On Marriage

A correspondent from the Netherlands has asked about marriage, adding that years of conditioning goes into wanting illicit sex and that the whole of Western society promotes lust and illicit sex. My reply may prove to be of more general interest, so I am posting it below, in slightly edited and expanded form.

 

To answer your questions first, I have been married for many years. Marriage is not just about sex. It is a lifelong commitment to a significant other, it is being a “friend for life” (Tr. hayat arkadaşı). If you want a definition of that, it means helping and supporting each other against the hardships of life. So if/when physical attraction fails (which will happen anyway if you live long enough), the feelings you have for each other, or even having gotten used to each other, will suffice.

Marital life can be very sweet. The Koran states this in a sublime way: “God has placed affection and mercy between you” (30:21); “you are garments for one another” (2:187).

On the other hand, marriage is not always smooth sailing. You are bound to hit rough waters from time to time. The important thing is to survive such storms without sinking the ship. This is where patience is needed. As the song goes:

I never promised you a rose garden
Along with the sunshine
There’s got to be a little rain sometimes.

God says in the Koran: “Do not (even) approach fornication/adultery” (17:32). The gist of this is expressed in the saying: “First you wed them, then you bed them.” Human beings have not been able to find a better arrangement than marriage for sexual relationships. When you engage with another, what is termed “the rights of others” (kul hakkı) comes into play. This covers not just human rights, but the rights of all beings; it includes animals, plants… even the can or stone on the street that you needlessly kick.

God will forgive us for the rights He has over us (other than denying God or God’s Unity). But He says, “Don’t come to Me with the rights of others.” For that, you have to obtain the well-wishing/forgiveness of the Other(s) involved. So when you enter such an intimate relationship as sex with a human being, violating the rights of another can lead to the most serious consequences. But without a moral compass, you cannot tell what is right from what is wrong.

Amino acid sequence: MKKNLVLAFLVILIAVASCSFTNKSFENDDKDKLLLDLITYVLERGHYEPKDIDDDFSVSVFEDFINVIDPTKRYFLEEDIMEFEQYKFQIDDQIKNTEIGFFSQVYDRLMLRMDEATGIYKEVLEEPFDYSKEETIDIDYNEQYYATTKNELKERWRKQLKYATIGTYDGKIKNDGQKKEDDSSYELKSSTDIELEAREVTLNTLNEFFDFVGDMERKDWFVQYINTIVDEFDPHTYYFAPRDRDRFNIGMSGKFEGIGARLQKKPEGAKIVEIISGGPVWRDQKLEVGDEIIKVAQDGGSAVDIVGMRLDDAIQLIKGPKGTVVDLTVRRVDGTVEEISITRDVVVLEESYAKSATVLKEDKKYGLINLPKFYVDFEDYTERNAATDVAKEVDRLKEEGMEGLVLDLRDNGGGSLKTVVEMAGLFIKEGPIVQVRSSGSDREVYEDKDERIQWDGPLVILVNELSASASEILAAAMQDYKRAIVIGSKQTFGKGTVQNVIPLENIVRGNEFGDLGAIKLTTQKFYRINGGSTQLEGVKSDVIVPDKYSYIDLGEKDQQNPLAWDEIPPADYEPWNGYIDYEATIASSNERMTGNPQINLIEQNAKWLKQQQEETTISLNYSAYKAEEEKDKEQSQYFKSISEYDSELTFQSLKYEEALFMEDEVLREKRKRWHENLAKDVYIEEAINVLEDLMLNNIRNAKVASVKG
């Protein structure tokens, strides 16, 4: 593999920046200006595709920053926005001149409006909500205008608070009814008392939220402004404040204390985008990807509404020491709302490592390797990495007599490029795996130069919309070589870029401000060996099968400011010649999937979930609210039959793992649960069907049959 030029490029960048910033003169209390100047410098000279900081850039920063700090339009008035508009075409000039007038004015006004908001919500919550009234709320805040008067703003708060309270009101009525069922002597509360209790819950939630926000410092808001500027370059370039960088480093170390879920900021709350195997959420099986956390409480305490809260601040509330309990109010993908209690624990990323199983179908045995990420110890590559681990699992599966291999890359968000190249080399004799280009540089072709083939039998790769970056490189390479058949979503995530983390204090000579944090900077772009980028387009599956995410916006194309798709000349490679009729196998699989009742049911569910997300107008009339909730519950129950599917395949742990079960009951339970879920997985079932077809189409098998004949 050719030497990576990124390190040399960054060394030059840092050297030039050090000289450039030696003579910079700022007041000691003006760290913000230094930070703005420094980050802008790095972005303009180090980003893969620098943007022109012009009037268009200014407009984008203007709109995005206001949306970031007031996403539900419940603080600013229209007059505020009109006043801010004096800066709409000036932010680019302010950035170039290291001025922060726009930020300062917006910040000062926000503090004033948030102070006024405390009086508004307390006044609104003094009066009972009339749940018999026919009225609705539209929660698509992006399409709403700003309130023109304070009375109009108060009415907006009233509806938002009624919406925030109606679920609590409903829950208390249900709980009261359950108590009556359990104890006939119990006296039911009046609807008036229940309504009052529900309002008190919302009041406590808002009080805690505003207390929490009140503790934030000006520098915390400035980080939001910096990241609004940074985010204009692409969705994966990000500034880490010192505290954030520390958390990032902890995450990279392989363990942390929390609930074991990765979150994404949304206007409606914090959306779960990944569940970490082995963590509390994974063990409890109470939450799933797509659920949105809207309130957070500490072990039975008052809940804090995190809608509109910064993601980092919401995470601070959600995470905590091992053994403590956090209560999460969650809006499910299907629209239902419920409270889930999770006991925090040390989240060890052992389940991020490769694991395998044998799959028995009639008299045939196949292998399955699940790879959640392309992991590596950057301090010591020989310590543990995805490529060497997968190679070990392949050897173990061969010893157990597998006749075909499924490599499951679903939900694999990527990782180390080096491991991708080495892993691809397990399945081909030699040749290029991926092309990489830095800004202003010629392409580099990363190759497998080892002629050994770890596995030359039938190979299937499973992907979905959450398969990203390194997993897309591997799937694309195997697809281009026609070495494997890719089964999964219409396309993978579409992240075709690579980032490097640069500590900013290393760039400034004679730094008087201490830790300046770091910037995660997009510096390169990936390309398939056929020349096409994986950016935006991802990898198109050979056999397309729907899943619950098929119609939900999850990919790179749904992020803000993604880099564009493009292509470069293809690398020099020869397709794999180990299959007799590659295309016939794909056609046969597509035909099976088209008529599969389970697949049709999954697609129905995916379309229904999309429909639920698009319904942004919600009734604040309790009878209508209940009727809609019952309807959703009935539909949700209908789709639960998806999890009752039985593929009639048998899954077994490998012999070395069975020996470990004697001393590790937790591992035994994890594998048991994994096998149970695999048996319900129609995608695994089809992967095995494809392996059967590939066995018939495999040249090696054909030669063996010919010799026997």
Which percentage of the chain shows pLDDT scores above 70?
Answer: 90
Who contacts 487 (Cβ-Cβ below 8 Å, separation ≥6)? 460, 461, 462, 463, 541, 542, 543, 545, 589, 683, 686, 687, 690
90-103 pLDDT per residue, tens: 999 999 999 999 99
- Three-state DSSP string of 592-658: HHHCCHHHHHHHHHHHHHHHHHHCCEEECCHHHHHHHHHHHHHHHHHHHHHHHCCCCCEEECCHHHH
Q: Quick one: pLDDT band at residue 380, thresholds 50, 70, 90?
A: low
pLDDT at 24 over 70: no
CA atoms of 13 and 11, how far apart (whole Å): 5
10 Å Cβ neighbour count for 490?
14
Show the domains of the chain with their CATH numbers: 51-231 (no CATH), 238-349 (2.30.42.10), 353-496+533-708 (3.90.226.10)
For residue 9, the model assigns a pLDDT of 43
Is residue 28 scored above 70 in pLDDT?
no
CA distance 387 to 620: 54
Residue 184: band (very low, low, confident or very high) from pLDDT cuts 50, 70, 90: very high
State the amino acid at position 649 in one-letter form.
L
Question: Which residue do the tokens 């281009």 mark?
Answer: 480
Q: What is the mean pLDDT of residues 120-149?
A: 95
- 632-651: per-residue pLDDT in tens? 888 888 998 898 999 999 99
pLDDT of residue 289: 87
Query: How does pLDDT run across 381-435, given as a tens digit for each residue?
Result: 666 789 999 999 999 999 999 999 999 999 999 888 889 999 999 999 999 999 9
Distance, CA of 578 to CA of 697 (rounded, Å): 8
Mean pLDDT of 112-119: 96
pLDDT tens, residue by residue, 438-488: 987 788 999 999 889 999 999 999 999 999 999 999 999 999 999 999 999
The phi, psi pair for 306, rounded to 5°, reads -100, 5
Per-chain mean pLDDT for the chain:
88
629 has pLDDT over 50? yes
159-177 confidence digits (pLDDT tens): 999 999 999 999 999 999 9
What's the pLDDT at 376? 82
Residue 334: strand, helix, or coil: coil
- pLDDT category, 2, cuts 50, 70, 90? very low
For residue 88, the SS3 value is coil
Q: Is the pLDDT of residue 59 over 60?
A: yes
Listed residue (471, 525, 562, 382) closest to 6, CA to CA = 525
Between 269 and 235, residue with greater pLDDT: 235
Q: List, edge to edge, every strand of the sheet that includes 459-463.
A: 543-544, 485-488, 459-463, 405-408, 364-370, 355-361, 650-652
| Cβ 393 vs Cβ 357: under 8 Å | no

“The rights of others” includes animals, plants… even the can or stone on the street that you needlessly kick.

If you haven’t seen the “Flatliners” movies (both the old version and the more recent remake), I suggest you watch the last one (or both). They contain some very good examples of kul hakkı.

The Base Self can be tamed. But it cannot, unless the two urges of Illicit Lust (extramarital and premarital sex) and Illicit Gain are curbed. This is not generally known, even among spiritual adepts. As Master Kayhan said, “you won’t find any of this in any books.”

So, here’s a Turkish saying: “Whatever you cut from your losses counts as profit” (zararın neresinden dönsen kârdır). Promise God not to do it again, marry your partner, and prepare to face what life has in store for you. Don’t delay.

Eating little (especially, not eating meat) will rein in lustful feelings. If someone else excites you, turn immediately to your spouse to satisfy your lust. It doesn’t matter that they’re not Muslim. If you’re able to provide them with a good example of what a Muslim should be, they will come around of themselves.

That’s what Master Kayhan would say.

The linked fingers symbolize the rings that are interlocked, and vice versa.

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